The big issue is that, while the franchises appear to be doing well, no one outside the company has any real idea of its financial health – other than the certainty it won’t be good news. The company has not held an earnings update since November last year and has lost two chief financial officers since then, and has failed to file any financial accounts this year.
F45 did not reply to queries about the status of its financial accounts. In July, F45 said it will need to restate its financial accounts dating to the 2021 financial year due to revenue reporting errors that mean losses were significantly higher than reported.
No one wants to talk about what went wrong, including the two prominent Australian investors who took large ownership positions in the float, L1 Capital and Caledonia Investments. Both groups have since dumped the stock.
Caledonia, which made a $US100 million investment in 2021, effectively reduced its economic exposure to zero after F45’s downgrade last year, which triggered the ouster of chief executive and co-founder Adam Gilchrist (not the cricketer) with a cash payout of more than $US7 million.
With all of this to digest, it is easy to see why investors started dumping the stock when F45’s board announced on August 14 that it planned to delist – and even easier to see why the NYSE gazumped F45’s plans just 10 days later and said it was booting them off instead.
F45 justified its delisting plans by pointing out it is not in compliance with the NYSE listing rules. This was due to its share price continuing to trade below $US1, and delays with lodging its financial accounts.
“The company has evaluated whether to remain listed or to go dark and has determined that going dark is the best path for the company due to the expected substantial cost savings and the company’s current inability to realise the traditional benefits of public company status,” F45 told investors in a release to the market.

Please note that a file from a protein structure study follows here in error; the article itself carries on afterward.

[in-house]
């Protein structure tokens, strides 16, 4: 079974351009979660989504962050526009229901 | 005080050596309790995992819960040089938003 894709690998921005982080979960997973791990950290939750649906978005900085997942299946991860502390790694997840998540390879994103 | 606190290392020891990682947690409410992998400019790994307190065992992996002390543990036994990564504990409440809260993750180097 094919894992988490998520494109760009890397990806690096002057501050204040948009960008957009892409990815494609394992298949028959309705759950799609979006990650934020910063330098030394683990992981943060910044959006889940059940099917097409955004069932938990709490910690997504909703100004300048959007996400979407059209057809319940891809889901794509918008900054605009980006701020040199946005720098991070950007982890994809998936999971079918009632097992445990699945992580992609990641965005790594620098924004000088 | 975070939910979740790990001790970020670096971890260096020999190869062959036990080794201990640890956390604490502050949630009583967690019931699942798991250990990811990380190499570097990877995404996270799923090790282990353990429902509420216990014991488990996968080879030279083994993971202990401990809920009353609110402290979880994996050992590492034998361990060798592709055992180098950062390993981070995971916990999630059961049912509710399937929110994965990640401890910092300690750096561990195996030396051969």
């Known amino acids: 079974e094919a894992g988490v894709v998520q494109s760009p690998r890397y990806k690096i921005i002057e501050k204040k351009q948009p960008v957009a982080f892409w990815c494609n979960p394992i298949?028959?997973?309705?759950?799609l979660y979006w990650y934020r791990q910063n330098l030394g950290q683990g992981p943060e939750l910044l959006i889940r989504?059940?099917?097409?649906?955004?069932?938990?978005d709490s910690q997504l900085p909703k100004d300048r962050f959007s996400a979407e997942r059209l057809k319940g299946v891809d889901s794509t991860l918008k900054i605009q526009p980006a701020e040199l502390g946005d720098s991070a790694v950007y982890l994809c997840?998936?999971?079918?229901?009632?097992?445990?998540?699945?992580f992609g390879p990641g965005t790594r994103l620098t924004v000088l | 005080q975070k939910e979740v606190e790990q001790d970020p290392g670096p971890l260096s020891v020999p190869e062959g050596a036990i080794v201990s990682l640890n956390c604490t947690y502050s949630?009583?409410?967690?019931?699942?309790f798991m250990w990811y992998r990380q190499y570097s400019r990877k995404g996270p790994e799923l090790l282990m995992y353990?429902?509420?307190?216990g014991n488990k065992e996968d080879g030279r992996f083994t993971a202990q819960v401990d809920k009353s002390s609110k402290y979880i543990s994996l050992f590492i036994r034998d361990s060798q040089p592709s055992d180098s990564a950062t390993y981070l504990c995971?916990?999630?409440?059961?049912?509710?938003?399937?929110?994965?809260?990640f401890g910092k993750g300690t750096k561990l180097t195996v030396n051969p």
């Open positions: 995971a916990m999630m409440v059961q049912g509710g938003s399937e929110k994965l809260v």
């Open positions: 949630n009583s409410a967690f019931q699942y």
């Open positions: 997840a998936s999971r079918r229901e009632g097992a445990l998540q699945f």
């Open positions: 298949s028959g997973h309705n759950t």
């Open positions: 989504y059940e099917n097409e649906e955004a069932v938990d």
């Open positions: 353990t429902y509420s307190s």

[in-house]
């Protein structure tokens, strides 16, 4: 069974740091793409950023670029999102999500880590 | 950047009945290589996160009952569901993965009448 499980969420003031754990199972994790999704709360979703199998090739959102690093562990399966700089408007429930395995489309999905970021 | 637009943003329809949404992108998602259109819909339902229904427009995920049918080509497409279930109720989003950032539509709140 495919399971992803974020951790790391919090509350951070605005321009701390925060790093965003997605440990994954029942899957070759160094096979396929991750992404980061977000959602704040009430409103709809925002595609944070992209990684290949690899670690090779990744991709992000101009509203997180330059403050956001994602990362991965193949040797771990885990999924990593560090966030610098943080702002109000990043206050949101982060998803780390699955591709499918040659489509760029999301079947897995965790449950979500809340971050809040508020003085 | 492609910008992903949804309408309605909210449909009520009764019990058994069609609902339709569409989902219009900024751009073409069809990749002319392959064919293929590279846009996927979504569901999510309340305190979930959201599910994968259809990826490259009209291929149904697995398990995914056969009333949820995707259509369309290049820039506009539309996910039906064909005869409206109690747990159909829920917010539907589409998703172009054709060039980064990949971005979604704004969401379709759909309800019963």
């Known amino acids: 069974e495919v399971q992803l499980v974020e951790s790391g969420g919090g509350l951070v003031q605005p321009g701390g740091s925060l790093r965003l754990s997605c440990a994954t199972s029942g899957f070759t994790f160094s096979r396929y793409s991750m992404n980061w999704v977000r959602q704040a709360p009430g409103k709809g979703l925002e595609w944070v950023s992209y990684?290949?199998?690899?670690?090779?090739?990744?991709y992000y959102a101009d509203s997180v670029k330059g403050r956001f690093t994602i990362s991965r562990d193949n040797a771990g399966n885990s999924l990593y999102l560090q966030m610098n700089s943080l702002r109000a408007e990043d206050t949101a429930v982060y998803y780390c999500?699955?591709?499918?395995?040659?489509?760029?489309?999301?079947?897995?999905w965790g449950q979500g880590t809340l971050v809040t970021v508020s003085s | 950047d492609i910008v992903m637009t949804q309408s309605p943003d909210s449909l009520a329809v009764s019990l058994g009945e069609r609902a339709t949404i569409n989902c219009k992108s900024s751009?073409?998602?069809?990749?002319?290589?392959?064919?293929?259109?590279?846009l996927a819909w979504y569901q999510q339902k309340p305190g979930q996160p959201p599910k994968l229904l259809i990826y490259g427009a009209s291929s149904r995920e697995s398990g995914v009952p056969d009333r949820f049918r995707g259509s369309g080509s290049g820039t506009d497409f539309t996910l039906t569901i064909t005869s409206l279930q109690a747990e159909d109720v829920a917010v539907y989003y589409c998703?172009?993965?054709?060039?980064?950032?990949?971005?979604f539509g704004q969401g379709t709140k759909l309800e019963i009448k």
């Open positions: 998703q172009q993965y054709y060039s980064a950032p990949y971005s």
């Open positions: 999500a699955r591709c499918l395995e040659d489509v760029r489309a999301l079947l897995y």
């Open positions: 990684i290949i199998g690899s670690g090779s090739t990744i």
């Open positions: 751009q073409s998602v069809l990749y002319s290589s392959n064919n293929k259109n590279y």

It explained that the company’s low share price meant it could not take advantage of its public listing to raise fresh capital. Well actually, it could raise capital, but not without diluting current investors, which include Hollywood actor Mark Wahlberg and co-founder Gilchrist, as well as many retail investors.
It would also still have the significant costs of being publicly listed.
“As a result of going dark, the company will no longer be obligated to pay these significant expenses and will experience substantial cost savings,” F45 explained.
“The company will continue to focus on long-term growth, but without the distraction of short-term financial results and stock price movement.”
The NYSE clearly did not want the company – and a board of directors that includes Wahlberg – to get the last word on a listing which turned into such an investing disaster on their watch.
The delisting won’t end F45’s celebrity glamour, though.
Wahlberg is still the company’s chief brand officer, and there are legal battles ahead with football legend David Beckham, and golfer Greg Norman, over millions allegedly owed to them in equity and cash for promoting the business.
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